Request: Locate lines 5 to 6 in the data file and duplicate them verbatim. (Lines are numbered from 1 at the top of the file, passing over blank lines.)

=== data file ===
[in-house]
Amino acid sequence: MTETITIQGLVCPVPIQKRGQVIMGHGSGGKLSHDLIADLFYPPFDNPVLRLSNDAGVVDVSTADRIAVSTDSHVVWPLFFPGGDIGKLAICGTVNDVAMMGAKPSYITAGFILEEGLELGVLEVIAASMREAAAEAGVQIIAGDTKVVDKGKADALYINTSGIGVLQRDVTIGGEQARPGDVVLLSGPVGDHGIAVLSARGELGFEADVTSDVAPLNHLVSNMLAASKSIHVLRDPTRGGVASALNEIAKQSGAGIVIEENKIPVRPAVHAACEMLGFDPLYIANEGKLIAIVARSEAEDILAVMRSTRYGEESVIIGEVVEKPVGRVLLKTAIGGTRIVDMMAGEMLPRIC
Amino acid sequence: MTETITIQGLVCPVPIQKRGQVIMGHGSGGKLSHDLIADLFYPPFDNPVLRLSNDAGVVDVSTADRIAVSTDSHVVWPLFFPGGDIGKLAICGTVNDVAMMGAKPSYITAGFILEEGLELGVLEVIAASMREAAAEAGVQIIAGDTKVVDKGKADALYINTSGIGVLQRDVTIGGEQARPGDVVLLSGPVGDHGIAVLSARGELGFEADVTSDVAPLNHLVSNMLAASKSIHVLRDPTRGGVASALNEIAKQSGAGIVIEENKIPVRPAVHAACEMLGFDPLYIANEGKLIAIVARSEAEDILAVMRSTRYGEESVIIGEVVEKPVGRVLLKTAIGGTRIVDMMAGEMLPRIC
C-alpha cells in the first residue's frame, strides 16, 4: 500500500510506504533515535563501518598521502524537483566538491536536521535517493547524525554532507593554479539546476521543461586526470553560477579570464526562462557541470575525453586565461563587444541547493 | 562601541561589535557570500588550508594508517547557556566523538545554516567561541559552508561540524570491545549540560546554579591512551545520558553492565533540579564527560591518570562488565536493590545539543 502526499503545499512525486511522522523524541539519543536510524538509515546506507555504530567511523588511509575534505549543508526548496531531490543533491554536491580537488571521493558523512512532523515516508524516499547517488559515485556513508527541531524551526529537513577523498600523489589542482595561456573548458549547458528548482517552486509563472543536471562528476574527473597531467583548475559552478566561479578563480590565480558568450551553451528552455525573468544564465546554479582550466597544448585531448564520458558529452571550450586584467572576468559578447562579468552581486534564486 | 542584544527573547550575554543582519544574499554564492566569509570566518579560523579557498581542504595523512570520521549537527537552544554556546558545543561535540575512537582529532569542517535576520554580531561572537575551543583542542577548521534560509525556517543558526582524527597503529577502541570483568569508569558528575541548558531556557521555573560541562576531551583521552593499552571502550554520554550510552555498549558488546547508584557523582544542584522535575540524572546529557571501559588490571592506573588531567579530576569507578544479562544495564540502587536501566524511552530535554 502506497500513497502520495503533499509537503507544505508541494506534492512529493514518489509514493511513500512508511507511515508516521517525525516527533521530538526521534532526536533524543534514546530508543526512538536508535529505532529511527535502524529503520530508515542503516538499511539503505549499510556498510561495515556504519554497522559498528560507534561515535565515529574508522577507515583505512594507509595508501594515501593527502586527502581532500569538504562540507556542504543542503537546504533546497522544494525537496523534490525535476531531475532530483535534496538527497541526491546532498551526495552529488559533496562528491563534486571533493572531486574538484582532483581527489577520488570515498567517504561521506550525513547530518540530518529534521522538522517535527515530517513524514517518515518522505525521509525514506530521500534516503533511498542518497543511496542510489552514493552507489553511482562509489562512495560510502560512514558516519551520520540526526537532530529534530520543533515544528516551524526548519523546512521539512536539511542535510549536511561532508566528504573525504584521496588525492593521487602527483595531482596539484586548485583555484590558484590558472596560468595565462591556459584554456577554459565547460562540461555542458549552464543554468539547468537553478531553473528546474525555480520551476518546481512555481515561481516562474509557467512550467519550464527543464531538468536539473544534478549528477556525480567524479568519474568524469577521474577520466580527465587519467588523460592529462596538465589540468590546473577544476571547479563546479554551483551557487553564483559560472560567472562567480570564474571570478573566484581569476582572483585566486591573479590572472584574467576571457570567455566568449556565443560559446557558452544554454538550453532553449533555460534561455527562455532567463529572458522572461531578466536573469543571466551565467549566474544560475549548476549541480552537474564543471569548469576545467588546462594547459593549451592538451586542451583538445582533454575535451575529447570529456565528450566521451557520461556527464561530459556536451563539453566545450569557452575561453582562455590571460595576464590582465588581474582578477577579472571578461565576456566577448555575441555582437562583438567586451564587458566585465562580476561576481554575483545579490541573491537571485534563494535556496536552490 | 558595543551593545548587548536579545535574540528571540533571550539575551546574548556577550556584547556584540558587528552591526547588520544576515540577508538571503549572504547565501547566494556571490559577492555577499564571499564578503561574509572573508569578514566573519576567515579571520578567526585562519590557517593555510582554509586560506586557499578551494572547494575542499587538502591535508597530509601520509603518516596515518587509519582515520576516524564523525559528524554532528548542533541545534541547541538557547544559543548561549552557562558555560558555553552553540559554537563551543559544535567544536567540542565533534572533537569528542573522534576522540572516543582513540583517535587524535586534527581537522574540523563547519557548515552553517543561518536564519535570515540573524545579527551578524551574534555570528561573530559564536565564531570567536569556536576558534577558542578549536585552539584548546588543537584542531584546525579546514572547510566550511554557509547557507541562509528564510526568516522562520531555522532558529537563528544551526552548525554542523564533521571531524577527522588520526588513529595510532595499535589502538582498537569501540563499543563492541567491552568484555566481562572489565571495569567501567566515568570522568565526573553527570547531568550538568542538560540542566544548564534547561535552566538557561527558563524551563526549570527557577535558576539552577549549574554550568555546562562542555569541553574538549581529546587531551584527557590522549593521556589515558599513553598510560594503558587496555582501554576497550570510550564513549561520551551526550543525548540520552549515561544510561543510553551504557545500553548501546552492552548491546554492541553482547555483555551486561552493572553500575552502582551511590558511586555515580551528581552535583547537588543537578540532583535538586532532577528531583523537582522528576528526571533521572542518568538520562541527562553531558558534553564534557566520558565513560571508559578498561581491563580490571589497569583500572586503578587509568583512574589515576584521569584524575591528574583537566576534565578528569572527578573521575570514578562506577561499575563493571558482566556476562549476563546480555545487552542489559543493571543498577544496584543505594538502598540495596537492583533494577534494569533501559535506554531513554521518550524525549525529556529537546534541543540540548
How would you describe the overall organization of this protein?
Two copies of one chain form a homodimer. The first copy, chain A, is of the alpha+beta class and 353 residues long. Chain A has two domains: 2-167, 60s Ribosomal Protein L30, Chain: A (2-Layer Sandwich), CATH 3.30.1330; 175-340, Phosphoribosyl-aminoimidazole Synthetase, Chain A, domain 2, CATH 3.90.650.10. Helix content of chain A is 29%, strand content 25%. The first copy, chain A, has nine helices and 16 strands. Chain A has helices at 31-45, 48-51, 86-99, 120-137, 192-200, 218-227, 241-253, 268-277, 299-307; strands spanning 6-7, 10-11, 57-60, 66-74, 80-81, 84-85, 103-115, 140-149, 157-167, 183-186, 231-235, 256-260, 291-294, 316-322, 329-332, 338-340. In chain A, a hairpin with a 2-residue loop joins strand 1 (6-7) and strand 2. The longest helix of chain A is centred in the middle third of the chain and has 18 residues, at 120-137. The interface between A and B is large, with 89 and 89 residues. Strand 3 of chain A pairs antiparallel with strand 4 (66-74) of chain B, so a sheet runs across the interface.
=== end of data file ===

How would you describe the overall organization of this protein?
Two copies of one chain form a homodimer. The first copy, chain A, is of the alpha+beta class and 353 residues long. Chain A has two domains: 2-167, 60s Ribosomal Protein L30, Chain: A (2-Layer Sandwich), CATH 3.30.1330; 175-340, Phosphoribosyl-aminoimidazole Synthetase, Chain A, domain 2, CATH 3.90.650.10. Helix content of chain A is 29%, strand content 25%. The first copy, chain A, has nine helices and 16 strands. Chain A has helices at 31-45, 48-51, 86-99, 120-137, 192-200, 218-227, 241-253, 268-277, 299-307; strands spanning 6-7, 10-11, 57-60, 66-74, 80-81, 84-85, 103-115, 140-149, 157-167, 183-186, 231-235, 256-260, 291-294, 316-322, 329-332, 338-340. In chain A, a hairpin with a 2-residue loop joins strand 1 (6-7) and strand 2. The longest helix of chain A is centred in the middle third of the chain and has 18 residues, at 120-137. The interface between A and B is large, with 89 and 89 residues. Strand 3 of chain A pairs antiparallel with strand 4 (66-74) of chain B, so a sheet runs across the interface.